01-Nessel-45540.qxd 3/21/2008 4:57 PM Page 13 The Value of LEA for English Language Learners 13 • Listening. As students take turns talking about the experience, they listen to one another. Because all have shared the experience, listen- ers have a good chance of comprehending what the speaker is say- ing. Because their comprehension is not tested, they can concentrate on gleaning as much as possible from the speech of others without worrying about understanding everything or having to demonstrate their understanding for the teacher. Creating the Account • Composing (oral). The dictated account comprises the learners’ own statements; what they say is recorded by the teacher and becomes the text that all read. The statements included in the account are not ordinarily the first remarks students make about the experience. Rather, they are composed orally with the support of the teacher and with the full recognition that they will be captured and preserved in print. Thus, the account reflects not statements spoken casually but statements that have been intentionally formulated or composed. As such, the process of dictation develops skills that students can use when they write themselves. The expectation is not for error-free statements, only statements that reflect the students’ best efforts. The content of the statements, as well as the style of expression, will vary according to the students’ age, background, and interests. For example, eight-year-olds and sixteen-year-olds may both respond well to a classroom experience in preparing food and dictate an interesting account, but they are likely to notice different aspects of the experience and dictate different observations and comments. • Listening and reading. As the teacher leads students through the first readings of the account, the learners hear and read their own words several times. The text is highly meaningful, having been created on the spot by the contributors. At this point, students are relying primarily on their auditory memory of what they dictated, coupled with repetition, to say the words correctly. Although listen- ing to an account and then reading it in unison is, for many people, associated with the primary grades, this step is as important for older students as it is for young children and is based on the same principle of learning: Repetitions of highly meaningful statements help students fix the statements in memory, and that is the first step in learning to read the account on their own. After Creating the Account • Reading. On successive days, learners reread the account with the teacher’s help and on their own. Because these readings are sched- uled over the course of several days, the practice is what is known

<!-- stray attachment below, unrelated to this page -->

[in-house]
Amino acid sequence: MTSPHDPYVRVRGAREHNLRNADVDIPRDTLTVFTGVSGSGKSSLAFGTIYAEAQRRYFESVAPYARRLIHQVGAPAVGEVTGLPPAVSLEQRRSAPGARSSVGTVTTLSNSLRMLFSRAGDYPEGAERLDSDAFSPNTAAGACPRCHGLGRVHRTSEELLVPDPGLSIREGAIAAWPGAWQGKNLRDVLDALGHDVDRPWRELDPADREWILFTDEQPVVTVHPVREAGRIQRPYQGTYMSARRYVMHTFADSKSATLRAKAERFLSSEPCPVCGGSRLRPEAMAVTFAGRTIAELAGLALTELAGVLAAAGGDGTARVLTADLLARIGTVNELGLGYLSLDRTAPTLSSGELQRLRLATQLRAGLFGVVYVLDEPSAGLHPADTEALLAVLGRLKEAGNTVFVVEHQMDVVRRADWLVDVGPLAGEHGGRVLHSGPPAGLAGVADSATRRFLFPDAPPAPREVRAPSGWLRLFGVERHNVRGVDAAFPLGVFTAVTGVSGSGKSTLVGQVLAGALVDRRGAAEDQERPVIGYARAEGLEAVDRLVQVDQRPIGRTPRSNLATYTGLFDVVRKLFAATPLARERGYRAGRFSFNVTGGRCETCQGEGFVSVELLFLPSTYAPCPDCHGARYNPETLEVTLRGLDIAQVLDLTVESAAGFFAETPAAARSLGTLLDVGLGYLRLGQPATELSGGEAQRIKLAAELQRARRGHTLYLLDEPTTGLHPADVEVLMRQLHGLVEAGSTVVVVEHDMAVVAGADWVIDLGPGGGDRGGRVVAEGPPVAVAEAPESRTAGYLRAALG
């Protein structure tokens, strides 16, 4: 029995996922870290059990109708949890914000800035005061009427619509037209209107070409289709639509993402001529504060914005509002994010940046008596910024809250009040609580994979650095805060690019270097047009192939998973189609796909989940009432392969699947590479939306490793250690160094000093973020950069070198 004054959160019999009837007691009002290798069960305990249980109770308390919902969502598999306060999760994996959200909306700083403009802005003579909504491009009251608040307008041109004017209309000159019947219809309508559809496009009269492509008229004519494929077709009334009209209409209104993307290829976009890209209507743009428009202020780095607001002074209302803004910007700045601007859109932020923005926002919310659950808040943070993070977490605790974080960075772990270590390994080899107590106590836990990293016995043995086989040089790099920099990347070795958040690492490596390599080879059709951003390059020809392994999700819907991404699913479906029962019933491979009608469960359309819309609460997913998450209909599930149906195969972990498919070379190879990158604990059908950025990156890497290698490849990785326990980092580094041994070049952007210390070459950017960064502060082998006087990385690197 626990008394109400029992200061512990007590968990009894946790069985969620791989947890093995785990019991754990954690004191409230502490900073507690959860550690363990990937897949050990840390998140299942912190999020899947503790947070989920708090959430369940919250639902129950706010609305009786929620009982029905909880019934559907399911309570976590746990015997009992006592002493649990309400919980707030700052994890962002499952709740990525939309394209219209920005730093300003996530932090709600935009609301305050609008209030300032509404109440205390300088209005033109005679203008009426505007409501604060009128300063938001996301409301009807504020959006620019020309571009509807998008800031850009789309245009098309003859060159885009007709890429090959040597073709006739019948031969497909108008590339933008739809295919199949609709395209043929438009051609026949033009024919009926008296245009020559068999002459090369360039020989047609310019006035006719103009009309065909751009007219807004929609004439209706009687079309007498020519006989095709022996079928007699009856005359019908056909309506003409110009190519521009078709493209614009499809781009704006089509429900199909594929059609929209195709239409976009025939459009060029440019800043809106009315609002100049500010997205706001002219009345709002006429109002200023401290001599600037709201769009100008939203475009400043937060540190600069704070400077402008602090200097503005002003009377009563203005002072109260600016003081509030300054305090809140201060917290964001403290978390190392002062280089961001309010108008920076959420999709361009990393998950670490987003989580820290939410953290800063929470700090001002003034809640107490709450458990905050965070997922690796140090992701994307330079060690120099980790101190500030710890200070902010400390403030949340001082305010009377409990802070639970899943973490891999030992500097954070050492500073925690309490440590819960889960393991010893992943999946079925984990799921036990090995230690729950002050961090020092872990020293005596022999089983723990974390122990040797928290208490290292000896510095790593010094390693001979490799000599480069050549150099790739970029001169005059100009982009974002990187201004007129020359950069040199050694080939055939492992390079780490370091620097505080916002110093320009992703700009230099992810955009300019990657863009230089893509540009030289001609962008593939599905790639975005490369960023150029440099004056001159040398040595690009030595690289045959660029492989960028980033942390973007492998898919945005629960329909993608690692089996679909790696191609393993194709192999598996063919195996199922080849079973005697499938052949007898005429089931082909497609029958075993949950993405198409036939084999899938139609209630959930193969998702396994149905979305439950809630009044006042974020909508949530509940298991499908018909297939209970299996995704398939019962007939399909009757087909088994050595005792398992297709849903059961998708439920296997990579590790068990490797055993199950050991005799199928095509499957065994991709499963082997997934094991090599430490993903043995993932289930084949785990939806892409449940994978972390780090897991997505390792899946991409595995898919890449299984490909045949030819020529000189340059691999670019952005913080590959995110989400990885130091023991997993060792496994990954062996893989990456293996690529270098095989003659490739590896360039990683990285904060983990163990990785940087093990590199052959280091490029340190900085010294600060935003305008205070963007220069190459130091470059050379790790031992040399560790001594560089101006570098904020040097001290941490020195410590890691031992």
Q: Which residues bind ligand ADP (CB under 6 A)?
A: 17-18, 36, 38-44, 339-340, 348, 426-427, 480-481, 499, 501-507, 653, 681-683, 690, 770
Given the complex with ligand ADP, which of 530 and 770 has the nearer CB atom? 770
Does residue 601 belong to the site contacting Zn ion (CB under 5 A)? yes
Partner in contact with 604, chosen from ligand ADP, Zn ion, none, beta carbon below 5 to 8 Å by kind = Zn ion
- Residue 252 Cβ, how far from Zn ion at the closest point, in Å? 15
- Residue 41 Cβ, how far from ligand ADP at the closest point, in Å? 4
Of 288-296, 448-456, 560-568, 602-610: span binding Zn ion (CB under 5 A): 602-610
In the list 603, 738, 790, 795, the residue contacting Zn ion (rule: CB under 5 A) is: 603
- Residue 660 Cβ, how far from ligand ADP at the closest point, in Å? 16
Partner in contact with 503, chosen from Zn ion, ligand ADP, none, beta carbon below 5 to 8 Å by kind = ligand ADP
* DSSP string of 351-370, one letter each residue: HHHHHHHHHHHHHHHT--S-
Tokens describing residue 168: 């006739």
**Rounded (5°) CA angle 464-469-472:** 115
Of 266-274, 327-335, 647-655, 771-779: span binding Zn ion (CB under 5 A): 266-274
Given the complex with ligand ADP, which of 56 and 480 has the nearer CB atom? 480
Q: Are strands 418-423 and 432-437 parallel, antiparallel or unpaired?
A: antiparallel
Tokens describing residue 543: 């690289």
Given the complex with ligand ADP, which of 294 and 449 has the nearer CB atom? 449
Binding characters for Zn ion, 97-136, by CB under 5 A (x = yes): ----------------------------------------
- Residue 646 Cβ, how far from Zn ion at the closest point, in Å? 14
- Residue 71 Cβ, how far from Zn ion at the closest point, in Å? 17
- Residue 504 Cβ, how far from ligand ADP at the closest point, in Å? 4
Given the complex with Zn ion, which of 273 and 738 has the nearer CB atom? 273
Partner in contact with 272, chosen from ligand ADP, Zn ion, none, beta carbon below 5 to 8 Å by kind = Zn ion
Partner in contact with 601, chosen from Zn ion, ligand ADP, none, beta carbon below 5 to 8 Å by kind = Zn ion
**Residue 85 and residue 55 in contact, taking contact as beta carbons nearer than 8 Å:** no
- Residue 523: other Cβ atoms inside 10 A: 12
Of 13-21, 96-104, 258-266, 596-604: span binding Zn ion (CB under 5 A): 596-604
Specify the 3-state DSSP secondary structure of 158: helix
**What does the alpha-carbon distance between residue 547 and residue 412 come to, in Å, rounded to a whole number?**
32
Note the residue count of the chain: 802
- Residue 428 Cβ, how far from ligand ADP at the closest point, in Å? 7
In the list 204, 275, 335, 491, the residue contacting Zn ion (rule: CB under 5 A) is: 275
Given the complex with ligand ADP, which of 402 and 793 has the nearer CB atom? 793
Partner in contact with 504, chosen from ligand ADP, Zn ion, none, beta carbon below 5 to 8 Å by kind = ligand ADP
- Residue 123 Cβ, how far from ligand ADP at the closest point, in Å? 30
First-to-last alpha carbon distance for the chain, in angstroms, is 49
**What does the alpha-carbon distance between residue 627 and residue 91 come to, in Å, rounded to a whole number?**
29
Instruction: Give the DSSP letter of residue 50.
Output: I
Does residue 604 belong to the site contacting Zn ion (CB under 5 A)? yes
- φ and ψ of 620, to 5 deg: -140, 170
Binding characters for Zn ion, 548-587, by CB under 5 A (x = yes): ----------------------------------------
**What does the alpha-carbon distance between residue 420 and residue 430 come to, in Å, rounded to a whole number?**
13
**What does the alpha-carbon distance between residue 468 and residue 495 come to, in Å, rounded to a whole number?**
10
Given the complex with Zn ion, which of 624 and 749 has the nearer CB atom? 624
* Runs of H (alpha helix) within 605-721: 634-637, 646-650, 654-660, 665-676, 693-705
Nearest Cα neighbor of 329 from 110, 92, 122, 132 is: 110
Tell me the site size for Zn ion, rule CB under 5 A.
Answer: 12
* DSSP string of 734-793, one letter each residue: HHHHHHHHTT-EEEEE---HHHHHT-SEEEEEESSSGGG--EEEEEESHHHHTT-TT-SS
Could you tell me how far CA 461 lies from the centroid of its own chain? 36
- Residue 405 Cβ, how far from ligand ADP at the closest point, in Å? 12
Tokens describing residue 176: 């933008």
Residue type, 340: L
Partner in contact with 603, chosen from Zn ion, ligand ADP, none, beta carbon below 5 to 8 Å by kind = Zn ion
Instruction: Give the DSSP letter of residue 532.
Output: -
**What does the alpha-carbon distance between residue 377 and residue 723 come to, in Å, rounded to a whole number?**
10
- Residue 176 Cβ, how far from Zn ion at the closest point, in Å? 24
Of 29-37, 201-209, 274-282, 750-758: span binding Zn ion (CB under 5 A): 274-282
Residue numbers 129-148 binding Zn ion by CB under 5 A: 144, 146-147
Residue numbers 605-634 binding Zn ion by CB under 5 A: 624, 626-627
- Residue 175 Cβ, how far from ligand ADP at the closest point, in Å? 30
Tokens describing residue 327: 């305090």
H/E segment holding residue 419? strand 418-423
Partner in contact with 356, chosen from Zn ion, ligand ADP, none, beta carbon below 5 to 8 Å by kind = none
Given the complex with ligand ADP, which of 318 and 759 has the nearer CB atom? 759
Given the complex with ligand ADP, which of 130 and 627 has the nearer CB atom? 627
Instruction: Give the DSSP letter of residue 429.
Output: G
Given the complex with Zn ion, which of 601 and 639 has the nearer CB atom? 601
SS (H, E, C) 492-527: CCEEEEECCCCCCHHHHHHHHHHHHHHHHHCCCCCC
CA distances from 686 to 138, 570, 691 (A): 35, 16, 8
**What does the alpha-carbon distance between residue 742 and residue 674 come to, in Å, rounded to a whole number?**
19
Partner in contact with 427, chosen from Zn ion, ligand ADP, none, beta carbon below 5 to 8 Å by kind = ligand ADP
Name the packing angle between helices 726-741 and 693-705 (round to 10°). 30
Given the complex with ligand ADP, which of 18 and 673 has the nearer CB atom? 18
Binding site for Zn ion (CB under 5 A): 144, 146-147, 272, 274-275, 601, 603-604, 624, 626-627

01-Nessel-45540.qxd 3/21/2008 4:57 PM Page 14 14 Using the Language Experience Approach With English Language Learners as spaced or distributed practice, which has been shown to be supe- rior to practice that is concentrated into one short period of time (Cepda, Pashler, Vul, Wixted, & Rohrer, 2006). Distributed practice with highly meaningful material proceeds with relative ease. Students’ repeated exposure to the words in their account leads them to recognize and retain many of the words. • Developing word-recognition strategies. As students read the account over successive days, they also engage in a variety of account- related activities that help them learn to use context clues, structural analysis, phonetic analysis, and reference materials such as dictio- naries to identify unfamiliar words. Learning these word-recognition strategies is an integral part of an LEA program and helps students make the transition from reading their own dictated accounts to reading a variety of other-author material. Older students who have learned to read in their native languages may have already acquired a good foundation in these strategies and thus are likely to transfer this learning to reading English. • Writing. Learners are encouraged to use the dictated account and related activities as a springboard for their own writing. When writing original compositions, students again have a chance to use English for natural and meaningful communication purposes. The dictated account has immediate relevance as a reading text since it directly reflects the learners’ own experiences, vocabulary, and language patterns. Attention and motivation remain high, and learners’ self-worth is reinforced when they see their own language in print. Students develop an understanding of phonetic analysis and other word-recognition strategies in the context of these highly familiar texts. From the start, LEA provides ELLs with a meaningful, personally rewarding experience in learning to read English and in supporting their efforts to write English. In using LEA, students are not expected to conform to the sequence and content of a predesigned program. Rather, the teacher plans experi- ences and activities to meet the students’ identified needs and interests. The teacher chooses dictation topics that are likely to be meaningful and frequently consults the students for ideas. The teacher may also suggest to students which of their statements to include in the account or may help students shape their contributions so that the account reflects their best efforts with English, thereby giving them opportunities to develop skill and confidence as users of English. At the same time, errors in oral usage or in reading an account are accepted as a natural part of the process. Expectations are determined by what the student can do at each stage, not by external standards of performance. The same is true for the skills and strategies that learners develop in conjunction with their dictations. Each student’s acquisition of a sight vocabulary, word-recognition strategies, and writing skills proceeds at a pace that is suitable for the student.